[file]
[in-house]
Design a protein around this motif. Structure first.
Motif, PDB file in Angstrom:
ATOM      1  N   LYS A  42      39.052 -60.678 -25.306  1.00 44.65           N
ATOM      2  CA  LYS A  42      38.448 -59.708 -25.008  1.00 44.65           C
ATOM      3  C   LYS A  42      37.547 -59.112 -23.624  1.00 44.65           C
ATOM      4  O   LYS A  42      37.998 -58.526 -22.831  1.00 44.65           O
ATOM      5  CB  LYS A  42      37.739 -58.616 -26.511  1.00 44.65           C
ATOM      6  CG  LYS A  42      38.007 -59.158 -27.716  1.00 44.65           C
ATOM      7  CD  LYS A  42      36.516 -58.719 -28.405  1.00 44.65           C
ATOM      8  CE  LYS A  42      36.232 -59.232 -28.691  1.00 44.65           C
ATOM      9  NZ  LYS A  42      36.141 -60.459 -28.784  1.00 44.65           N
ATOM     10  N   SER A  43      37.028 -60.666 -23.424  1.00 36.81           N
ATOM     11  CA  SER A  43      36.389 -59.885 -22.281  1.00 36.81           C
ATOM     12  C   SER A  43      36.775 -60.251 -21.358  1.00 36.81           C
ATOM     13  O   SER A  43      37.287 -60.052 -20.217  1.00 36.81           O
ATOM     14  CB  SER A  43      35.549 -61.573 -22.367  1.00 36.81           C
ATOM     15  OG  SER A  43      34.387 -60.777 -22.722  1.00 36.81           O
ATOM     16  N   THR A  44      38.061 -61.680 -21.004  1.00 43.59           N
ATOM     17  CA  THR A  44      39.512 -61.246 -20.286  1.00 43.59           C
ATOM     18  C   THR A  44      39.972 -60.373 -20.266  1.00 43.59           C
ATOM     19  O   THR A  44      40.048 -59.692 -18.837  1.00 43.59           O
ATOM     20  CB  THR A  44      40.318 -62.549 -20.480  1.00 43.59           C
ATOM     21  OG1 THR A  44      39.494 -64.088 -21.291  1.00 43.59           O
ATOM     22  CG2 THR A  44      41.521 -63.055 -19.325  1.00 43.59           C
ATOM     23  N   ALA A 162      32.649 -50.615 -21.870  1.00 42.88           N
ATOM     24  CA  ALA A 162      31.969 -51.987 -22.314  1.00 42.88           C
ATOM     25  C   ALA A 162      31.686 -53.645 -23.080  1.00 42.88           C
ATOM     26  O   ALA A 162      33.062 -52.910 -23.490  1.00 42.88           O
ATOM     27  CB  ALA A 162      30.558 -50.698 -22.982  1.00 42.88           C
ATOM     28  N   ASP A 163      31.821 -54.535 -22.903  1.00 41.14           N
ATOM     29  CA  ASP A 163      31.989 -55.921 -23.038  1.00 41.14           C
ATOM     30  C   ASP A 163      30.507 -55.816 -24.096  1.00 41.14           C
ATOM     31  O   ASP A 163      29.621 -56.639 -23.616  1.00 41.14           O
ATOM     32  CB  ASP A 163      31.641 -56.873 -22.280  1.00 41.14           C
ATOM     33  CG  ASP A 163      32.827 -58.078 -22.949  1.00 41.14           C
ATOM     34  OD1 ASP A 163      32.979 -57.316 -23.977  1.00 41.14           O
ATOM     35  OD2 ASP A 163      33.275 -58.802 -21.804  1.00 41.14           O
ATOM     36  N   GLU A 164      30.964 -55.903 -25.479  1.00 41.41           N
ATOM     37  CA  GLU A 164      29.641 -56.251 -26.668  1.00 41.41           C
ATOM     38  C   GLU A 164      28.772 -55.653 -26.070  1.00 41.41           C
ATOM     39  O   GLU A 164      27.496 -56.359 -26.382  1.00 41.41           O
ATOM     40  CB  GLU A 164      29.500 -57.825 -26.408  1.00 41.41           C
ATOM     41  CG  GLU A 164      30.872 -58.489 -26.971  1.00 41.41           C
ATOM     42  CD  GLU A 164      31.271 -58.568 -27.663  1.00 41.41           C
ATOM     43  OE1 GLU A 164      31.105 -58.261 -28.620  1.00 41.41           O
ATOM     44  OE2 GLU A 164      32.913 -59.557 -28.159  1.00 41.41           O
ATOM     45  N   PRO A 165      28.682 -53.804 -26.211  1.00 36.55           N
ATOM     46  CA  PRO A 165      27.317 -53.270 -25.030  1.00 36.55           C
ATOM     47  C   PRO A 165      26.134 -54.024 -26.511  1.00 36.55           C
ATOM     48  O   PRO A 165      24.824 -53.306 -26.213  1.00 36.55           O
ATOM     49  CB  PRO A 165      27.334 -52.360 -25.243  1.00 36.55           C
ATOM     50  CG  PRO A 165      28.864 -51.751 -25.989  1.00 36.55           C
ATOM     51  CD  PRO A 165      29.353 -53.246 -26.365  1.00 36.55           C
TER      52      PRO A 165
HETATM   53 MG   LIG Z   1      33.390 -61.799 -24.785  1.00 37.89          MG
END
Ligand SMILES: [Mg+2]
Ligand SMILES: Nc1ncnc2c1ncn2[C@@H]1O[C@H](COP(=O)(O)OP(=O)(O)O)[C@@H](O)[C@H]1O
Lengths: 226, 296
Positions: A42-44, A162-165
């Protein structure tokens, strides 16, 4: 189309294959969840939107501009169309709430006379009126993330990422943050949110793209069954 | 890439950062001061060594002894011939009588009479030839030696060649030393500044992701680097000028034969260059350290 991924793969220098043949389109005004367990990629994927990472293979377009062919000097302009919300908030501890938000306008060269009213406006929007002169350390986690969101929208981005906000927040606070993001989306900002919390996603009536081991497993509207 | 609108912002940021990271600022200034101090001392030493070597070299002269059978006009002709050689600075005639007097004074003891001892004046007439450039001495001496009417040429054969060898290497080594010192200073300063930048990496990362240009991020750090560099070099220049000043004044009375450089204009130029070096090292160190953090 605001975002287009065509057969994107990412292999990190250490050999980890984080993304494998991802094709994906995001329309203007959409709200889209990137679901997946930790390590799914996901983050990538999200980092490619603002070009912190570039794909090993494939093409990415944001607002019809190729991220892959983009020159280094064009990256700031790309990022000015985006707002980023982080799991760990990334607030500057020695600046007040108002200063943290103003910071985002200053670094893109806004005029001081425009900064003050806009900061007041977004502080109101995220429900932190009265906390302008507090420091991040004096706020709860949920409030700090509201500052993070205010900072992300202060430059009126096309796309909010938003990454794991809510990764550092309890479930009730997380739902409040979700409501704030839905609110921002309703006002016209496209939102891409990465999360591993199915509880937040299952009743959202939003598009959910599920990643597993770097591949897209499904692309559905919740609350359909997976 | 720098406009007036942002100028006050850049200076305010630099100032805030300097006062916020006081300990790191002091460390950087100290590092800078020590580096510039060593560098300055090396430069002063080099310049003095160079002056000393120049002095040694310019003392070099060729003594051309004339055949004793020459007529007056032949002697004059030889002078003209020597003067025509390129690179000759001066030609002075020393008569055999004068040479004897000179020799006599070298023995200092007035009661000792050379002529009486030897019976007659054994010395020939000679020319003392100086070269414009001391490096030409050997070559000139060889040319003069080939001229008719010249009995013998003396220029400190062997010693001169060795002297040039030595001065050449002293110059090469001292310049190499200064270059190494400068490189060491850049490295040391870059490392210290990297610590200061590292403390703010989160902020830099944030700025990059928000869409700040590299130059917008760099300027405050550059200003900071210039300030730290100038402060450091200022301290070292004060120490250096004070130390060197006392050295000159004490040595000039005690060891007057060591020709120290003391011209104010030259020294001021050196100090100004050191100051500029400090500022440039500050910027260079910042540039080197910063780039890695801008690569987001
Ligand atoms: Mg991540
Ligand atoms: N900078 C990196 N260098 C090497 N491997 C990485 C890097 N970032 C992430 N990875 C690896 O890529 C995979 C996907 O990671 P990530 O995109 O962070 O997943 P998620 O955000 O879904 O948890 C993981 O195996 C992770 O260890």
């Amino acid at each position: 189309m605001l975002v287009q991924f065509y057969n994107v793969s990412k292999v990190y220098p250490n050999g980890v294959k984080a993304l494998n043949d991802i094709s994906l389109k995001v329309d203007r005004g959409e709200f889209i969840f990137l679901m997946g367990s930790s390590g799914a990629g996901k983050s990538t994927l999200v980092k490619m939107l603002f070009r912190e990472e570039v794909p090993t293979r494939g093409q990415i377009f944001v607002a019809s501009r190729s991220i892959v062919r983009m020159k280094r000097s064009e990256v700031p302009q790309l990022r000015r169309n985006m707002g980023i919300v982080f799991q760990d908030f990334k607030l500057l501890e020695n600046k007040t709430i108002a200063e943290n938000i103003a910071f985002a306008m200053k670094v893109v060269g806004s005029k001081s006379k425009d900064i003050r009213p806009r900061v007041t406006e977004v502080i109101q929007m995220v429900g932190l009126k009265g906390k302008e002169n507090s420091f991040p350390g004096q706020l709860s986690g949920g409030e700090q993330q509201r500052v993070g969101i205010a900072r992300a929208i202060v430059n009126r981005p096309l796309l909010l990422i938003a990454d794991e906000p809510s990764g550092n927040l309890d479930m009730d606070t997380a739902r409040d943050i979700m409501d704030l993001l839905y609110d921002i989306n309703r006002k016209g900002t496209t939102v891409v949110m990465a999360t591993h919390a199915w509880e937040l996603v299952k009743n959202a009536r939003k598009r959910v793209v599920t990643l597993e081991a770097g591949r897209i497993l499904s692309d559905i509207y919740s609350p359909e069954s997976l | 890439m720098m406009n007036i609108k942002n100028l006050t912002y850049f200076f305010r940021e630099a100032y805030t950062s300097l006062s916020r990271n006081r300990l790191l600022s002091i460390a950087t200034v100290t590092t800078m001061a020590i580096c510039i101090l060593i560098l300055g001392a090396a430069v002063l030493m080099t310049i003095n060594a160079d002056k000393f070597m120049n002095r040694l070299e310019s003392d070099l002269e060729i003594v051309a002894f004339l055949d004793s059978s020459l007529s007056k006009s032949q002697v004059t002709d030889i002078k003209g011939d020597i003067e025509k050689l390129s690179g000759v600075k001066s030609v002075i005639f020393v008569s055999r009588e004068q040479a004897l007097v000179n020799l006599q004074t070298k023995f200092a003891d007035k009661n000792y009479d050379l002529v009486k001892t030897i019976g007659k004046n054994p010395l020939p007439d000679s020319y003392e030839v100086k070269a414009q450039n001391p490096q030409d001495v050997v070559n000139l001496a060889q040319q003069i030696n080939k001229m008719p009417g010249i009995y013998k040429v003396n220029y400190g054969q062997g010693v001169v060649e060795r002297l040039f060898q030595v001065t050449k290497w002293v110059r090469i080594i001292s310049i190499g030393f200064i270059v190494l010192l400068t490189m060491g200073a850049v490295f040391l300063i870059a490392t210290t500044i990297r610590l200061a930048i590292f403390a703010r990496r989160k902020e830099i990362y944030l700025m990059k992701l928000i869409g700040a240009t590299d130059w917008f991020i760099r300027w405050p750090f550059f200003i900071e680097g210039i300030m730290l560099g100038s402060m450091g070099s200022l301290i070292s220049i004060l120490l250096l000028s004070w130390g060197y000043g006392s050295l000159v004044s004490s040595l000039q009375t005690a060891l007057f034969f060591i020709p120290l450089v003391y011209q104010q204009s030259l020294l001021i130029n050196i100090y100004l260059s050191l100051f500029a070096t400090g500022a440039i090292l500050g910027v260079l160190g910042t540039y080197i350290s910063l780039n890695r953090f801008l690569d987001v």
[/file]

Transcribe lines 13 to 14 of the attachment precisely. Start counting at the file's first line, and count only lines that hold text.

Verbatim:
ATOM     10  N   SER A  43      37.028 -60.666 -23.424  1.00 36.81           N
ATOM     11  CA  SER A  43      36.389 -59.885 -22.281  1.00 36.81           C